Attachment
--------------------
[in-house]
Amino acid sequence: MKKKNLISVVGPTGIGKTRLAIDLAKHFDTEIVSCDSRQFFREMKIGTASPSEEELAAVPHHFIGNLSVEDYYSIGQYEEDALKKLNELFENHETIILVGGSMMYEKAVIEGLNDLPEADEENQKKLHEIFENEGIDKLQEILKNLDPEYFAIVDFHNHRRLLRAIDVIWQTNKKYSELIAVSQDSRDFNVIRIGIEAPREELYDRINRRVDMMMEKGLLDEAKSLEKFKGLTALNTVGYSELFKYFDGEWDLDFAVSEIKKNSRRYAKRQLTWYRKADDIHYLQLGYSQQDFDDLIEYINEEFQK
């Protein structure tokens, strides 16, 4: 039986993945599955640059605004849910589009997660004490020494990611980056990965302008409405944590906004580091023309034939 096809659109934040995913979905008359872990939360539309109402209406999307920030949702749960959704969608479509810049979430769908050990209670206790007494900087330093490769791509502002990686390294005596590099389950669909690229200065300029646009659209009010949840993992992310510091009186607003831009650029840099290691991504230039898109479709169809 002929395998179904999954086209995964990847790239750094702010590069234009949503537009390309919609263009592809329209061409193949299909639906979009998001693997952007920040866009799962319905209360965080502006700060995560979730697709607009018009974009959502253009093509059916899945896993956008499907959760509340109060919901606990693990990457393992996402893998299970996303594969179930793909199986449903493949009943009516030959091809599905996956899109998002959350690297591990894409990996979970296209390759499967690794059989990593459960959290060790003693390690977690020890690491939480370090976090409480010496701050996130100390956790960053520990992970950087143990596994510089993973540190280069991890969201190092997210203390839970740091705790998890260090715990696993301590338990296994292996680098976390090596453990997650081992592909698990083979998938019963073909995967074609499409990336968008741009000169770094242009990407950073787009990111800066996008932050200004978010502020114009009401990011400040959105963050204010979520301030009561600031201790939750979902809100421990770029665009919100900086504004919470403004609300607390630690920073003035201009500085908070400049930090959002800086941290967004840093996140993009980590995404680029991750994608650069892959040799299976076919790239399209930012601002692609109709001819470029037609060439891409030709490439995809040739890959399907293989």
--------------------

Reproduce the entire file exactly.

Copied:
[in-house]
Amino acid sequence: MKKKNLISVVGPTGIGKTRLAIDLAKHFDTEIVSCDSRQFFREMKIGTASPSEEELAAVPHHFIGNLSVEDYYSIGQYEEDALKKLNELFENHETIILVGGSMMYEKAVIEGLNDLPEADEENQKKLHEIFENEGIDKLQEILKNLDPEYFAIVDFHNHRRLLRAIDVIWQTNKKYSELIAVSQDSRDFNVIRIGIEAPREELYDRINRRVDMMMEKGLLDEAKSLEKFKGLTALNTVGYSELFKYFDGEWDLDFAVSEIKKNSRRYAKRQLTWYRKADDIHYLQLGYSQQDFDDLIEYINEEFQK
């Protein structure tokens, strides 16, 4: 039986993945599955640059605004849910589009997660004490020494990611980056990965302008409405944590906004580091023309034939 096809659109934040995913979905008359872990939360539309109402209406999307920030949702749960959704969608479509810049979430769908050990209670206790007494900087330093490769791509502002990686390294005596590099389950669909690229200065300029646009659209009010949840993992992310510091009186607003831009650029840099290691991504230039898109479709169809 002929395998179904999954086209995964990847790239750094702010590069234009949503537009390309919609263009592809329209061409193949299909639906979009998001693997952007920040866009799962319905209360965080502006700060995560979730697709607009018009974009959502253009093509059916899945896993956008499907959760509340109060919901606990693990990457393992996402893998299970996303594969179930793909199986449903493949009943009516030959091809599905996956899109998002959350690297591990894409990996979970296209390759499967690794059989990593459960959290060790003693390690977690020890690491939480370090976090409480010496701050996130100390956790960053520990992970950087143990596994510089993973540190280069991890969201190092997210203390839970740091705790998890260090715990696993301590338990296994292996680098976390090596453990997650081992592909698990083979998938019963073909995967074609499409990336968008741009000169770094242009990407950073787009990111800066996008932050200004978010502020114009009401990011400040959105963050204010979520301030009561600031201790939750979902809100421990770029665009919100900086504004919470403004609300607390630690920073003035201009500085908070400049930090959002800086941290967004840093996140993009980590995404680029991750994608650069892959040799299976076919790239399209930012601002692609109709001819470029037609060439891409030709490439995809040739890959399907293989």